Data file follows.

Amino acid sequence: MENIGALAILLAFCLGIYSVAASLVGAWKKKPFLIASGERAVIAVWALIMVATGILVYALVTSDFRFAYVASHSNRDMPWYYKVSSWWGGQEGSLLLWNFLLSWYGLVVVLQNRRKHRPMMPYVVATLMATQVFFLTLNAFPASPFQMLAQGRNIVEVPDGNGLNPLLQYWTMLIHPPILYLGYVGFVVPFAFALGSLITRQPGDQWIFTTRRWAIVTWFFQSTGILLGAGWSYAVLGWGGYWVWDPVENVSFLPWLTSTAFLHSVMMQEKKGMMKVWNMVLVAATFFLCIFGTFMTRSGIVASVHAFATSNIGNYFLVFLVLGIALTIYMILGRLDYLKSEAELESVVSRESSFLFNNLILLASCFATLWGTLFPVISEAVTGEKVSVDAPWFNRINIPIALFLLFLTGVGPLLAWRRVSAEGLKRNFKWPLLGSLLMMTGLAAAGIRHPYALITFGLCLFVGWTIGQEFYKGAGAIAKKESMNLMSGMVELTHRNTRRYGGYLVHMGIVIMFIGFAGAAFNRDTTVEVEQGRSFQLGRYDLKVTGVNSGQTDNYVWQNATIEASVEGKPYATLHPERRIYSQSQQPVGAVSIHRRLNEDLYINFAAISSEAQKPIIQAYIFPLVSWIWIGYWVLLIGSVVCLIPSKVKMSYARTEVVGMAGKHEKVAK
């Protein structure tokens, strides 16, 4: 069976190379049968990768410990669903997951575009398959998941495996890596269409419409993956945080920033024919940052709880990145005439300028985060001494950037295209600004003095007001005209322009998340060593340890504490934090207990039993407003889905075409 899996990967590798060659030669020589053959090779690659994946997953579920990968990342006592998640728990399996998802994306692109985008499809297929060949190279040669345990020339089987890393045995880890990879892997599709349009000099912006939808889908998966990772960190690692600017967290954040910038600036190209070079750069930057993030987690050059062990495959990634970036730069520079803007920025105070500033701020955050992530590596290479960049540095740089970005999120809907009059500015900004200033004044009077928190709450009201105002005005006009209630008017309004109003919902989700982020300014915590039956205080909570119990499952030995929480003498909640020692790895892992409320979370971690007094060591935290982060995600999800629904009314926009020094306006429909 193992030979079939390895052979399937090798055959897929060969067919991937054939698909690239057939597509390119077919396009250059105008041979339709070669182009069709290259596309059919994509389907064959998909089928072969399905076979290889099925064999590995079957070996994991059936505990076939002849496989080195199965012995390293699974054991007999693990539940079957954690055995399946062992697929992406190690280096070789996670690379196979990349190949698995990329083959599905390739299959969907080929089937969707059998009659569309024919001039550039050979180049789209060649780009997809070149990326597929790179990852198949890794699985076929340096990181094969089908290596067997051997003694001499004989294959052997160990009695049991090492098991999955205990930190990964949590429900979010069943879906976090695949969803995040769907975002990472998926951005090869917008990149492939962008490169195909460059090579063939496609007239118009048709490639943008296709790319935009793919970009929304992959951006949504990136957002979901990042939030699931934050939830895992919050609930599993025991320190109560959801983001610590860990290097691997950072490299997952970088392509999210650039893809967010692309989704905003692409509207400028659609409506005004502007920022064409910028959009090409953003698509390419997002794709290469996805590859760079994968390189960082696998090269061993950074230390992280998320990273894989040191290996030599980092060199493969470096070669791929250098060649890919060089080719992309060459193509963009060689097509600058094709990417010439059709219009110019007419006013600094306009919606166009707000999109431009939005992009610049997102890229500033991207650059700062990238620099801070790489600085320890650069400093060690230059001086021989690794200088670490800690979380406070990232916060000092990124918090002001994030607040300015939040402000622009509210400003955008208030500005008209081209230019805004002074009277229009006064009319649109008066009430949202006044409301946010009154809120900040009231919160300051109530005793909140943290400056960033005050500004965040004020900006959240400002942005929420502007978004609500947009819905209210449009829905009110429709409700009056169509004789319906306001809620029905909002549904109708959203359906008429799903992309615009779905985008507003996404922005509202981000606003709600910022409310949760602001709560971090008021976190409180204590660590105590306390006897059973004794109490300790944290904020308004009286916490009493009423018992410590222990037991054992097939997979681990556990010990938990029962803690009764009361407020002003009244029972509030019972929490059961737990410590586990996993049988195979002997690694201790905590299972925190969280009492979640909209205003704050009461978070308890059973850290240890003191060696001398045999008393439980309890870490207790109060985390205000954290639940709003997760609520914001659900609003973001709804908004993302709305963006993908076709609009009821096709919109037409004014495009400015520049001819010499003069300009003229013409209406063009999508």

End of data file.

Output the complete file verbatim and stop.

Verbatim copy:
Amino acid sequence: MENIGALAILLAFCLGIYSVAASLVGAWKKKPFLIASGERAVIAVWALIMVATGILVYALVTSDFRFAYVASHSNRDMPWYYKVSSWWGGQEGSLLLWNFLLSWYGLVVVLQNRRKHRPMMPYVVATLMATQVFFLTLNAFPASPFQMLAQGRNIVEVPDGNGLNPLLQYWTMLIHPPILYLGYVGFVVPFAFALGSLITRQPGDQWIFTTRRWAIVTWFFQSTGILLGAGWSYAVLGWGGYWVWDPVENVSFLPWLTSTAFLHSVMMQEKKGMMKVWNMVLVAATFFLCIFGTFMTRSGIVASVHAFATSNIGNYFLVFLVLGIALTIYMILGRLDYLKSEAELESVVSRESSFLFNNLILLASCFATLWGTLFPVISEAVTGEKVSVDAPWFNRINIPIALFLLFLTGVGPLLAWRRVSAEGLKRNFKWPLLGSLLMMTGLAAAGIRHPYALITFGLCLFVGWTIGQEFYKGAGAIAKKESMNLMSGMVELTHRNTRRYGGYLVHMGIVIMFIGFAGAAFNRDTTVEVEQGRSFQLGRYDLKVTGVNSGQTDNYVWQNATIEASVEGKPYATLHPERRIYSQSQQPVGAVSIHRRLNEDLYINFAAISSEAQKPIIQAYIFPLVSWIWIGYWVLLIGSVVCLIPSKVKMSYARTEVVGMAGKHEKVAK
């Protein structure tokens, strides 16, 4: 069976190379049968990768410990669903997951575009398959998941495996890596269409419409993956945080920033024919940052709880990145005439300028985060001494950037295209600004003095007001005209322009998340060593340890504490934090207990039993407003889905075409 899996990967590798060659030669020589053959090779690659994946997953579920990968990342006592998640728990399996998802994306692109985008499809297929060949190279040669345990020339089987890393045995880890990879892997599709349009000099912006939808889908998966990772960190690692600017967290954040910038600036190209070079750069930057993030987690050059062990495959990634970036730069520079803007920025105070500033701020955050992530590596290479960049540095740089970005999120809907009059500015900004200033004044009077928190709450009201105002005005006009209630008017309004109003919902989700982020300014915590039956205080909570119990499952030995929480003498909640020692790895892992409320979370971690007094060591935290982060995600999800629904009314926009020094306006429909 193992030979079939390895052979399937090798055959897929060969067919991937054939698909690239057939597509390119077919396009250059105008041979339709070669182009069709290259596309059919994509389907064959998909089928072969399905076979290889099925064999590995079957070996994991059936505990076939002849496989080195199965012995390293699974054991007999693990539940079957954690055995399946062992697929992406190690280096070789996670690379196979990349190949698995990329083959599905390739299959969907080929089937969707059998009659569309024919001039550039050979180049789209060649780009997809070149990326597929790179990852198949890794699985076929340096990181094969089908290596067997051997003694001499004989294959052997160990009695049991090492098991999955205990930190990964949590429900979010069943879906976090695949969803995040769907975002990472998926951005090869917008990149492939962008490169195909460059090579063939496609007239118009048709490639943008296709790319935009793919970009929304992959951006949504990136957002979901990042939030699931934050939830895992919050609930599993025991320190109560959801983001610590860990290097691997950072490299997952970088392509999210650039893809967010692309989704905003692409509207400028659609409506005004502007920022064409910028959009090409953003698509390419997002794709290469996805590859760079994968390189960082696998090269061993950074230390992280998320990273894989040191290996030599980092060199493969470096070669791929250098060649890919060089080719992309060459193509963009060689097509600058094709990417010439059709219009110019007419006013600094306009919606166009707000999109431009939005992009610049997102890229500033991207650059700062990238620099801070790489600085320890650069400093060690230059001086021989690794200088670490800690979380406070990232916060000092990124918090002001994030607040300015939040402000622009509210400003955008208030500005008209081209230019805004002074009277229009006064009319649109008066009430949202006044409301946010009154809120900040009231919160300051109530005793909140943290400056960033005050500004965040004020900006959240400002942005929420502007978004609500947009819905209210449009829905009110429709409700009056169509004789319906306001809620029905909002549904109708959203359906008429799903992309615009779905985008507003996404922005509202981000606003709600910022409310949760602001709560971090008021976190409180204590660590105590306390006897059973004794109490300790944290904020308004009286916490009493009423018992410590222990037991054992097939997979681990556990010990938990029962803690009764009361407020002003009244029972509030019972929490059961737990410590586990996993049988195979002997690694201790905590299972925190969280009492979640909209205003704050009461978070308890059973850290240890003191060696001398045999008393439980309890870490207790109060985390205000954290639940709003997760609520914001659900609003973001709804908004993302709305963006993908076709609009009821096709919109037409004014495009400015520049001819010499003069300009003229013409209406063009999508």